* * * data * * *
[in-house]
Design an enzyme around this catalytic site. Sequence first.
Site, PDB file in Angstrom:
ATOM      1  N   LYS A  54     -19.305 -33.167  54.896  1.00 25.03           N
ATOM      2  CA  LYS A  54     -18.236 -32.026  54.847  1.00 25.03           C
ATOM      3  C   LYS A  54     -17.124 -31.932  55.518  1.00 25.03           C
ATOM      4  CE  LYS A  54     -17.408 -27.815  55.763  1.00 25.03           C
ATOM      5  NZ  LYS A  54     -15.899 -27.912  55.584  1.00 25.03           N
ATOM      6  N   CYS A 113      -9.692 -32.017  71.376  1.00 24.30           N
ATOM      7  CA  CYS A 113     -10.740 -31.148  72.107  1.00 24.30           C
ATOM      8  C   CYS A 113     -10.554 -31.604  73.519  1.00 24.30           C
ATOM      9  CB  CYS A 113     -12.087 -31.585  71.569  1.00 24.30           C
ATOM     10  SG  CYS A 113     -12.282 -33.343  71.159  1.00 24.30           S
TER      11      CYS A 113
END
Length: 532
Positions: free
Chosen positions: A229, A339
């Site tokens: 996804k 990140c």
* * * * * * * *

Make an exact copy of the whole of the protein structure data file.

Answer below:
[in-house]
Design an enzyme around this catalytic site. Sequence first.
Site, PDB file in Angstrom:
ATOM      1  N   LYS A  54     -19.305 -33.167  54.896  1.00 25.03           N
ATOM      2  CA  LYS A  54     -18.236 -32.026  54.847  1.00 25.03           C
ATOM      3  C   LYS A  54     -17.124 -31.932  55.518  1.00 25.03           C
ATOM      4  CE  LYS A  54     -17.408 -27.815  55.763  1.00 25.03           C
ATOM      5  NZ  LYS A  54     -15.899 -27.912  55.584  1.00 25.03           N
ATOM      6  N   CYS A 113      -9.692 -32.017  71.376  1.00 24.30           N
ATOM      7  CA  CYS A 113     -10.740 -31.148  72.107  1.00 24.30           C
ATOM      8  C   CYS A 113     -10.554 -31.604  73.519  1.00 24.30           C
ATOM      9  CB  CYS A 113     -12.087 -31.585  71.569  1.00 24.30           C
ATOM     10  SG  CYS A 113     -12.282 -33.343  71.159  1.00 24.30           S
TER      11      CYS A 113
END
Length: 532
Positions: free
Chosen positions: A229, A339
């Site tokens: 996804k 990140c």